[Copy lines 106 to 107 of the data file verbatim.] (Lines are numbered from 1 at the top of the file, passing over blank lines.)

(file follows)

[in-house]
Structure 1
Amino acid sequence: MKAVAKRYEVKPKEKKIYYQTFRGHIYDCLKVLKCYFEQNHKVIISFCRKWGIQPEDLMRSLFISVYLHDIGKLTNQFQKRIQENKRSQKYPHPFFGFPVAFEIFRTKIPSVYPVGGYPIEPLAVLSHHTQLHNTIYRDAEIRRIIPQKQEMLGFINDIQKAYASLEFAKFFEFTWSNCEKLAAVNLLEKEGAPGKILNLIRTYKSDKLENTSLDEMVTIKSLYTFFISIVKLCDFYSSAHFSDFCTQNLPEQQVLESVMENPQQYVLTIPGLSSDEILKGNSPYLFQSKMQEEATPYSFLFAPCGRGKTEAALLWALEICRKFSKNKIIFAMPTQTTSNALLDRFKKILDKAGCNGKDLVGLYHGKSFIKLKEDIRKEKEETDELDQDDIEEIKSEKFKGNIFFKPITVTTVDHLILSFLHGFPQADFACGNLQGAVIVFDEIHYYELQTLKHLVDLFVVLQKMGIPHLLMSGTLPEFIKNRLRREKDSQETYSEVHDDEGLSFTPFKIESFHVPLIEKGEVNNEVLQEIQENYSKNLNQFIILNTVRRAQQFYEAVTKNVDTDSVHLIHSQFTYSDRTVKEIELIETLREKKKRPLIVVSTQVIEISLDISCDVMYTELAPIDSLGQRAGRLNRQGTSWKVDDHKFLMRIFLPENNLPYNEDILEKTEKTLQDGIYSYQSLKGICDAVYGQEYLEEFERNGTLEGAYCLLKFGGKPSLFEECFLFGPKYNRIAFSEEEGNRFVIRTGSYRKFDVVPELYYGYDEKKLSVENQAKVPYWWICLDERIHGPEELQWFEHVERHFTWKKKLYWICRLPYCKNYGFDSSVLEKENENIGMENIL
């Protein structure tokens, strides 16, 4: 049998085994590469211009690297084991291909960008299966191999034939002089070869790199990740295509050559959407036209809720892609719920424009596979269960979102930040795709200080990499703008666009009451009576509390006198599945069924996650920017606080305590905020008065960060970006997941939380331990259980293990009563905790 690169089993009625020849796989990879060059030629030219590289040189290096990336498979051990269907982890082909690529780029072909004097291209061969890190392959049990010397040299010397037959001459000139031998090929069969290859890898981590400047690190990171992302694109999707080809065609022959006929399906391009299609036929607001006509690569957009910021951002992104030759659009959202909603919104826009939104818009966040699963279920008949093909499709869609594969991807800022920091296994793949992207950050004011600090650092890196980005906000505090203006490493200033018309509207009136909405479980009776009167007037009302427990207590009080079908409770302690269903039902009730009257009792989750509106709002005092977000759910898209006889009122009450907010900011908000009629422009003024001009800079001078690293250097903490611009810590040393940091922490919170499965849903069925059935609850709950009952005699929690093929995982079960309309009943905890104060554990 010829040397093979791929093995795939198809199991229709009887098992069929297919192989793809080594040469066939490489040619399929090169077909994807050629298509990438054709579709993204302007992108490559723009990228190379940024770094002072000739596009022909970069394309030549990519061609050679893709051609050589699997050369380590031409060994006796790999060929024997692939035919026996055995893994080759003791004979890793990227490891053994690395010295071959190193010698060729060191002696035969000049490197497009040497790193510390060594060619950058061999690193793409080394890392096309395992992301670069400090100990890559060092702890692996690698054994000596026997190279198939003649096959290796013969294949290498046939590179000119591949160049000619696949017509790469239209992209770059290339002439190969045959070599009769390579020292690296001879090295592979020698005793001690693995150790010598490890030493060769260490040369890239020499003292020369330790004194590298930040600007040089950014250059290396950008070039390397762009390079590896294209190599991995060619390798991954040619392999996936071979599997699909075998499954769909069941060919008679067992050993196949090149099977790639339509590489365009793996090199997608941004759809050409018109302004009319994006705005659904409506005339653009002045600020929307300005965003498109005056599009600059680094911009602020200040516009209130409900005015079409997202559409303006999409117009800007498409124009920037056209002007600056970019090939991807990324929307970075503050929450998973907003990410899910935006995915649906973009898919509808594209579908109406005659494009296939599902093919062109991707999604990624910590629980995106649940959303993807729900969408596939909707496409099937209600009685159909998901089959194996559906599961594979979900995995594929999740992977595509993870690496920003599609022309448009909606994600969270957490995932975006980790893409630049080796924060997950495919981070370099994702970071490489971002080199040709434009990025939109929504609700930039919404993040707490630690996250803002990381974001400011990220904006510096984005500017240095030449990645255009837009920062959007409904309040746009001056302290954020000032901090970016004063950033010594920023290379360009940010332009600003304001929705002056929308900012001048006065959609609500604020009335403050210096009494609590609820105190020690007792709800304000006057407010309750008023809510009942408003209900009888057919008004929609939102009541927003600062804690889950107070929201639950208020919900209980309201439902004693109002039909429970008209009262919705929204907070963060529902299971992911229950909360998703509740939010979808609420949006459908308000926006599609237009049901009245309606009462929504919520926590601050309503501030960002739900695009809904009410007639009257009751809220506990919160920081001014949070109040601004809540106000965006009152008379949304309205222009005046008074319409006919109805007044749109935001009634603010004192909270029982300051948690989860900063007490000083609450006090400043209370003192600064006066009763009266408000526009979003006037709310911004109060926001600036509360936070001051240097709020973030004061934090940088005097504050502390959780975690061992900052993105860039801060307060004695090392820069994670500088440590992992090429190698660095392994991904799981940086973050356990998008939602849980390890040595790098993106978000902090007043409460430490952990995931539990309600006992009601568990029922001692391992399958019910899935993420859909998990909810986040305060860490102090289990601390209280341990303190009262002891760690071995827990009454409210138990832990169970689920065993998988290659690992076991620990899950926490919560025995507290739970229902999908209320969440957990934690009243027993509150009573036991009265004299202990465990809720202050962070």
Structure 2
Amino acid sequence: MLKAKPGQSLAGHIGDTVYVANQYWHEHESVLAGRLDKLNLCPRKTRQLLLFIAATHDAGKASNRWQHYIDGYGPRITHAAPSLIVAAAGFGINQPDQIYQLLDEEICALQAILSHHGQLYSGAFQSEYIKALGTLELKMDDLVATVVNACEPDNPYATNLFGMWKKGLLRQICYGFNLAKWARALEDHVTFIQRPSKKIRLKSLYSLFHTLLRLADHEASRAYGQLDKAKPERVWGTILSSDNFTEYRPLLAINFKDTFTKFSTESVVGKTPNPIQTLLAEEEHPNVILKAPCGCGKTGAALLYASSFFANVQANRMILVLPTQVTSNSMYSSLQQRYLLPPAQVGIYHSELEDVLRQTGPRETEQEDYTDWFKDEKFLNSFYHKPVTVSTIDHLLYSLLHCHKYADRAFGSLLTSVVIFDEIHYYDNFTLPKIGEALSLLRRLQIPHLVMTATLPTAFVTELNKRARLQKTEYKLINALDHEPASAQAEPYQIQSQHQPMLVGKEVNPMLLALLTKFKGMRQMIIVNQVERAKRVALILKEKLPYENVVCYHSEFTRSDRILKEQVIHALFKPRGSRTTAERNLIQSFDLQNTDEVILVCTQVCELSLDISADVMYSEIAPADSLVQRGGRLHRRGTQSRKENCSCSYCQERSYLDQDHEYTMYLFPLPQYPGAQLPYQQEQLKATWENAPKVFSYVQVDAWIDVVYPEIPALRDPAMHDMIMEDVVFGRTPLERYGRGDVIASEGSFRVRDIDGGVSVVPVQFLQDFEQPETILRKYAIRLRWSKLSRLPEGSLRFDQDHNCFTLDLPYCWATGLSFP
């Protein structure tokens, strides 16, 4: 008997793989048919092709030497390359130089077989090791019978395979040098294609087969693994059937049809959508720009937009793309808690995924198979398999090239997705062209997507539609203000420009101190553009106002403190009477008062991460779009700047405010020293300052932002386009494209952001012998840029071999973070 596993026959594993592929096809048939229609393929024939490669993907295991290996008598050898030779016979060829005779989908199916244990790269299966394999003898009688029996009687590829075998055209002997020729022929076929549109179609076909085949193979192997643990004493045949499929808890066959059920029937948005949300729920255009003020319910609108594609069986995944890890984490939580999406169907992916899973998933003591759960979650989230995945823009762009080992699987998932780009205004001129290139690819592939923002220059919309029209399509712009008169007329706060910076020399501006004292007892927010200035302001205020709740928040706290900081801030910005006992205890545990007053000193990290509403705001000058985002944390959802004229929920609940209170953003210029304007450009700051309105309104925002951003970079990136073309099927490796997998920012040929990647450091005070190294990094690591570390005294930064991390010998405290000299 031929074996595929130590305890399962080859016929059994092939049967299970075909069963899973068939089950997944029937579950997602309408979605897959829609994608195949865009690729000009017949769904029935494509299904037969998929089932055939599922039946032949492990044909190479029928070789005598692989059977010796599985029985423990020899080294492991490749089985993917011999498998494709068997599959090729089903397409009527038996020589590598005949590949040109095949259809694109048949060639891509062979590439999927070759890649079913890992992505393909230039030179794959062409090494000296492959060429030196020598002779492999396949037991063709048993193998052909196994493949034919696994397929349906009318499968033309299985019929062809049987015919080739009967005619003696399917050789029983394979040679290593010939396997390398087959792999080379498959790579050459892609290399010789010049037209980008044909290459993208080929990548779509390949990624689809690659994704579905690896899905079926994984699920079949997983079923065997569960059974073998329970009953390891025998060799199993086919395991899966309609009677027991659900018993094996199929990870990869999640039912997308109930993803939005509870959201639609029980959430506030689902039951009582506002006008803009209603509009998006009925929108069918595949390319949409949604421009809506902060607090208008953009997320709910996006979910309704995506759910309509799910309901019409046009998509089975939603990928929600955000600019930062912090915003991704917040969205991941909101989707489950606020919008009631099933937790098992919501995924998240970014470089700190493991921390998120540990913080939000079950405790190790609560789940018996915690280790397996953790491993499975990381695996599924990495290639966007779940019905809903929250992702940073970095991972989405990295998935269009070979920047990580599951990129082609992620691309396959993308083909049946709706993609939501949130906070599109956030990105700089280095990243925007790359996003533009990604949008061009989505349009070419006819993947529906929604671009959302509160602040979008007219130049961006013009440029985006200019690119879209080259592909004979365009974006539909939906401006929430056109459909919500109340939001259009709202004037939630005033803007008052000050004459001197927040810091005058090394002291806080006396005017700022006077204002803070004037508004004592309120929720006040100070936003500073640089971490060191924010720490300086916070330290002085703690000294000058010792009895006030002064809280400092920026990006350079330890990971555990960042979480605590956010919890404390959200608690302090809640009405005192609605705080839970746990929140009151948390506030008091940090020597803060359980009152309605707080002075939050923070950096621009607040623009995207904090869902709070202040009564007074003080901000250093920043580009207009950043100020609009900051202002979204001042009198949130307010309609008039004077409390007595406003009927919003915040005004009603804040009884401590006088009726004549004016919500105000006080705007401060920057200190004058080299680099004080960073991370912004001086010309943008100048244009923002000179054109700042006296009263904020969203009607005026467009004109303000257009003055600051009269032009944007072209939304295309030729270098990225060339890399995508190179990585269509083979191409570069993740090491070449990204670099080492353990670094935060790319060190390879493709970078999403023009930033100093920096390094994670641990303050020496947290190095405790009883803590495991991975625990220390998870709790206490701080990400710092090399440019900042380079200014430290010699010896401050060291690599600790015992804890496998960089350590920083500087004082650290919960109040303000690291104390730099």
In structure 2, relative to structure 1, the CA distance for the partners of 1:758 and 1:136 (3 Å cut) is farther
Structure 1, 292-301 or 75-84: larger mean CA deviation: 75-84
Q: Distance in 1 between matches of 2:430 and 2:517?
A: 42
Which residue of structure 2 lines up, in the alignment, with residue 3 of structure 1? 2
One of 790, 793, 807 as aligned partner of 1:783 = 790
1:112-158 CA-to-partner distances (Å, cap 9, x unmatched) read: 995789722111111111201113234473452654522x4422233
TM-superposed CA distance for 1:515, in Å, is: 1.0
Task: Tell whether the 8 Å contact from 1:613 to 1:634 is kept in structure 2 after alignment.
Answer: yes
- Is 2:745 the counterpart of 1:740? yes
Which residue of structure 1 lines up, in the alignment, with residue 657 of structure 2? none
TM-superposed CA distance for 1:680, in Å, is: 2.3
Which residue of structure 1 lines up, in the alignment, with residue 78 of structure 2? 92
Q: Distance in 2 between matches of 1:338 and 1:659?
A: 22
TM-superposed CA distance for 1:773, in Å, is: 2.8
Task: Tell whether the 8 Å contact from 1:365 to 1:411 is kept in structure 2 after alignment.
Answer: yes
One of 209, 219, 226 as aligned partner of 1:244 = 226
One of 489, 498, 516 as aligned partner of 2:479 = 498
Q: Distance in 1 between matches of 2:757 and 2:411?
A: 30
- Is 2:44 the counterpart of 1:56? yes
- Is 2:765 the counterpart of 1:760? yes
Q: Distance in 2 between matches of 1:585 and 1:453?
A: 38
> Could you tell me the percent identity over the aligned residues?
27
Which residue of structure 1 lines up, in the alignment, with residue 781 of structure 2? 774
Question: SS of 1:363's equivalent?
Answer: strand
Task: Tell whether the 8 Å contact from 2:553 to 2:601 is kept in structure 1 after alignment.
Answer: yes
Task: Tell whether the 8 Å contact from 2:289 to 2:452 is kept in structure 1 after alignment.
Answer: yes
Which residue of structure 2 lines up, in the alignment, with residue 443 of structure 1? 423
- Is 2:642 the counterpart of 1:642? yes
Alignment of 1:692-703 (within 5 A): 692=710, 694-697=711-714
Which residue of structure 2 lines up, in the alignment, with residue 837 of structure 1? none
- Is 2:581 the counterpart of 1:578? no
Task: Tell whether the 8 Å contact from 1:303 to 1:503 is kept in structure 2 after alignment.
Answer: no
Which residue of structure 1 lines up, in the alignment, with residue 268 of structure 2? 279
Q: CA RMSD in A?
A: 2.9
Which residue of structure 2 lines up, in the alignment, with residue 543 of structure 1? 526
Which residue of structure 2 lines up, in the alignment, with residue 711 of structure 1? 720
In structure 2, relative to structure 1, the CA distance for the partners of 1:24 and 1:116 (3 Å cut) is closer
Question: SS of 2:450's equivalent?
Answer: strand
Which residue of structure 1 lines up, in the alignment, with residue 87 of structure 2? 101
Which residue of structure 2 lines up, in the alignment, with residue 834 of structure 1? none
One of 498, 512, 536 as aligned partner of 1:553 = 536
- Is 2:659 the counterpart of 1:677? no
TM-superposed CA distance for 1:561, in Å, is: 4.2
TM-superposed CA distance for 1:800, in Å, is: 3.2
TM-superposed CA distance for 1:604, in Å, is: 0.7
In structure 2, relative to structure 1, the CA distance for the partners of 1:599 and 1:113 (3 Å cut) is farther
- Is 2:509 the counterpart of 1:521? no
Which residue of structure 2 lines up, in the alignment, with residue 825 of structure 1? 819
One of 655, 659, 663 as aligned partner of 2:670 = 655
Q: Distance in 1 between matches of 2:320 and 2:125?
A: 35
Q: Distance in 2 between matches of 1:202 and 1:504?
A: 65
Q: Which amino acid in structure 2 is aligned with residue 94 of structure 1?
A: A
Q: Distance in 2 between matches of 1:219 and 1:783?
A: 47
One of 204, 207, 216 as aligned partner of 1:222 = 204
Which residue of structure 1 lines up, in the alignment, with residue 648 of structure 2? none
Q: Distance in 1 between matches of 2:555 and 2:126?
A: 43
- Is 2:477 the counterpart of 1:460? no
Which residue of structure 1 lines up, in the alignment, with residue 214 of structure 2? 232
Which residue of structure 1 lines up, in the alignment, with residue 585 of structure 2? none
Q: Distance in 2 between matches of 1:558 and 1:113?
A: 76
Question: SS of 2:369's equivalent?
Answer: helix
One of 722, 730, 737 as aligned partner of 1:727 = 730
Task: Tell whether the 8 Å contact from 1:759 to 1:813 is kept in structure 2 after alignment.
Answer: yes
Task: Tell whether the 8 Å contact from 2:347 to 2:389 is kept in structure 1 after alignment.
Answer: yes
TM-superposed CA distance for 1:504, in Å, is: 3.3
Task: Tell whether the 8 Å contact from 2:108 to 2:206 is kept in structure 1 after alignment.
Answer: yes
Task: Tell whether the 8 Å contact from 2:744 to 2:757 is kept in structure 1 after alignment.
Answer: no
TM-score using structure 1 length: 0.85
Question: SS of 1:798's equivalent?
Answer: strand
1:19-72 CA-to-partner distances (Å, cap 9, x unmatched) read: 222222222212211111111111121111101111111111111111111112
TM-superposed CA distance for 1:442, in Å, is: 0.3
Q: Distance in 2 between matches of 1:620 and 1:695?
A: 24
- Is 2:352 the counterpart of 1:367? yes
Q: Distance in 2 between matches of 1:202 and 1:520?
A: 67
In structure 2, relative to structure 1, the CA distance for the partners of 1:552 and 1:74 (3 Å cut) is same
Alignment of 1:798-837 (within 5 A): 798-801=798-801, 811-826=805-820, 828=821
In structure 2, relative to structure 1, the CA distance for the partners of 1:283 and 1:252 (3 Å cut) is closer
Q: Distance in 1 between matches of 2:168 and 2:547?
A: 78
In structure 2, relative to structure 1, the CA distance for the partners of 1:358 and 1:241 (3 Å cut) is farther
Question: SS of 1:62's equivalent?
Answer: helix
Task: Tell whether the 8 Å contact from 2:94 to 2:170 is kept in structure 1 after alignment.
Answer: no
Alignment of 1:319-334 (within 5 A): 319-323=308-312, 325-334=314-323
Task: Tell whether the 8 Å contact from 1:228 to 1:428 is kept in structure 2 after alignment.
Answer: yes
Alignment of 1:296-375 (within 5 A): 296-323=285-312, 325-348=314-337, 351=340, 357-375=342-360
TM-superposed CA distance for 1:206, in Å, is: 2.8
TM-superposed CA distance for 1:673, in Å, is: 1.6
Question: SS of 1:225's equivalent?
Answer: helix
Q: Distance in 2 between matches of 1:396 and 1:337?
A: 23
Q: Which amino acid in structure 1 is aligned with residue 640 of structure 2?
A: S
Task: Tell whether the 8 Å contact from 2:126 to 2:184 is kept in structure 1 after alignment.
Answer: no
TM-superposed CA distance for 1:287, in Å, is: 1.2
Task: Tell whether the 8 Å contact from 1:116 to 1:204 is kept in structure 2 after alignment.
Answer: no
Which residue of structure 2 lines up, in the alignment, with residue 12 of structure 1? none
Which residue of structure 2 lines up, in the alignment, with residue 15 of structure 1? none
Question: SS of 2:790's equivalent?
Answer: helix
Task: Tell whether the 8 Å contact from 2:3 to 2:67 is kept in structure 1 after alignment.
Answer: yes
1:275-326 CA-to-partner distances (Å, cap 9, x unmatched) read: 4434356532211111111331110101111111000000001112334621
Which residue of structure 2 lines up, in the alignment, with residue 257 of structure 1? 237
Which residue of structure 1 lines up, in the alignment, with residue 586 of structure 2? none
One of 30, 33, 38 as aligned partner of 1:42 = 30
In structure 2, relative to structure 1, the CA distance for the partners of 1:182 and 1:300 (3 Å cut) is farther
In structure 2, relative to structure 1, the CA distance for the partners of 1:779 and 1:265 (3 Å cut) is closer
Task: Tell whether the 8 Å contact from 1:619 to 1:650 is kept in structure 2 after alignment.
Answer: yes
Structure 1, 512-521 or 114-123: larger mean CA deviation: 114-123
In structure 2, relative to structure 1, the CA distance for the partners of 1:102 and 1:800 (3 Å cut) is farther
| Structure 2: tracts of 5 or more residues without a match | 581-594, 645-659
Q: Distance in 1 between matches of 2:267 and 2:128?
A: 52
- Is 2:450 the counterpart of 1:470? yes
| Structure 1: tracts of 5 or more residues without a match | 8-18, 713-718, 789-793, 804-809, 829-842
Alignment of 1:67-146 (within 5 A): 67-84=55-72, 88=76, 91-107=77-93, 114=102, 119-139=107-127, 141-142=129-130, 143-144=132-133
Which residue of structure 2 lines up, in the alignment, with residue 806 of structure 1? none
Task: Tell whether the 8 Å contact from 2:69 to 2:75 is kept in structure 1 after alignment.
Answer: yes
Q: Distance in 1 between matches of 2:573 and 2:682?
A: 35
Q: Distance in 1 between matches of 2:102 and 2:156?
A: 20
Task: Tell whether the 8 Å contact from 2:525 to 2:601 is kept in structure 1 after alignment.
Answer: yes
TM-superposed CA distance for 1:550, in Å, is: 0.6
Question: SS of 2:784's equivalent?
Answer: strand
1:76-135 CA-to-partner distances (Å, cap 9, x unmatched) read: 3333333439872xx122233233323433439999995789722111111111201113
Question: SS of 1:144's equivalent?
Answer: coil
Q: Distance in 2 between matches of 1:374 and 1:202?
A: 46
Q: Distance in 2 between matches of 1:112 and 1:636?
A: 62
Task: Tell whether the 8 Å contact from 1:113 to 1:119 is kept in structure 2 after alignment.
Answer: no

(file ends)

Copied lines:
- Is 2:352 the counterpart of 1:367? yes
Q: Distance in 2 between matches of 1:202 and 1:520?